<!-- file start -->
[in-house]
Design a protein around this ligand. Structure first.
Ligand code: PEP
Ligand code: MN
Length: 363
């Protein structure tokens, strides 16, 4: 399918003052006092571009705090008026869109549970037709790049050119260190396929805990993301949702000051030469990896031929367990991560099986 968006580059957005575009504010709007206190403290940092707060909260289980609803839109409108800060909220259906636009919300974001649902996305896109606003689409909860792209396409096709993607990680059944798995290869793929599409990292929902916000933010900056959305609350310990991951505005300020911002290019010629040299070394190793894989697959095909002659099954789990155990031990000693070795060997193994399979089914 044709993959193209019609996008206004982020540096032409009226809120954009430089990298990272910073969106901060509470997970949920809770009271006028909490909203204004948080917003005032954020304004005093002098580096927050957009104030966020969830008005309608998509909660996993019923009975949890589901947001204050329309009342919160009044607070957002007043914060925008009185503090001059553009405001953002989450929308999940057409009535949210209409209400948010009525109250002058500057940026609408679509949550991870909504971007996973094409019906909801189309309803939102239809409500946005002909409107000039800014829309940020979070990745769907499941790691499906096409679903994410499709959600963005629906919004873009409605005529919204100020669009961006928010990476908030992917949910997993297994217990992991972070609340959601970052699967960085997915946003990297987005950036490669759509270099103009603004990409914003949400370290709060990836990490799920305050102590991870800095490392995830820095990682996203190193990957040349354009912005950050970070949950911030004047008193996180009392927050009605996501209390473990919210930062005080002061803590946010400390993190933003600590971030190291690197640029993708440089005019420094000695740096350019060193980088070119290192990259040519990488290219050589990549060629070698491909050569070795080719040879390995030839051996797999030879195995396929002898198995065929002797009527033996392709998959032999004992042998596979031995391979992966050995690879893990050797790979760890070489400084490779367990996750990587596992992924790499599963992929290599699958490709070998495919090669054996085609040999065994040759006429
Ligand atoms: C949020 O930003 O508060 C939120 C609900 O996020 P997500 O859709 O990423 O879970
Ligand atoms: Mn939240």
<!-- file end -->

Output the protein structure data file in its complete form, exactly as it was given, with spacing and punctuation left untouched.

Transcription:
[in-house]
Design a protein around this ligand. Structure first.
Ligand code: PEP
Ligand code: MN
Length: 363
């Protein structure tokens, strides 16, 4: 399918003052006092571009705090008026869109549970037709790049050119260190396929805990993301949702000051030469990896031929367990991560099986 968006580059957005575009504010709007206190403290940092707060909260289980609803839109409108800060909220259906636009919300974001649902996305896109606003689409909860792209396409096709993607990680059944798995290869793929599409990292929902916000933010900056959305609350310990991951505005300020911002290019010629040299070394190793894989697959095909002659099954789990155990031990000693070795060997193994399979089914 044709993959193209019609996008206004982020540096032409009226809120954009430089990298990272910073969106901060509470997970949920809770009271006028909490909203204004948080917003005032954020304004005093002098580096927050957009104030966020969830008005309608998509909660996993019923009975949890589901947001204050329309009342919160009044607070957002007043914060925008009185503090001059553009405001953002989450929308999940057409009535949210209409209400948010009525109250002058500057940026609408679509949550991870909504971007996973094409019906909801189309309803939102239809409500946005002909409107000039800014829309940020979070990745769907499941790691499906096409679903994410499709959600963005629906919004873009409605005529919204100020669009961006928010990476908030992917949910997993297994217990992991972070609340959601970052699967960085997915946003990297987005950036490669759509270099103009603004990409914003949400370290709060990836990490799920305050102590991870800095490392995830820095990682996203190193990957040349354009912005950050970070949950911030004047008193996180009392927050009605996501209390473990919210930062005080002061803590946010400390993190933003600590971030190291690197640029993708440089005019420094000695740096350019060193980088070119290192990259040519990488290219050589990549060629070698491909050569070795080719040879390995030839051996797999030879195995396929002898198995065929002797009527033996392709998959032999004992042998596979031995391979992966050995690879893990050797790979760890070489400084490779367990996750990587596992992924790499599963992929290599699958490709070998495919090669054996085609040999065994040759006429
Ligand atoms: C949020 O930003 O508060 C939120 C609900 O996020 P997500 O859709 O990423 O879970
Ligand atoms: Mn939240």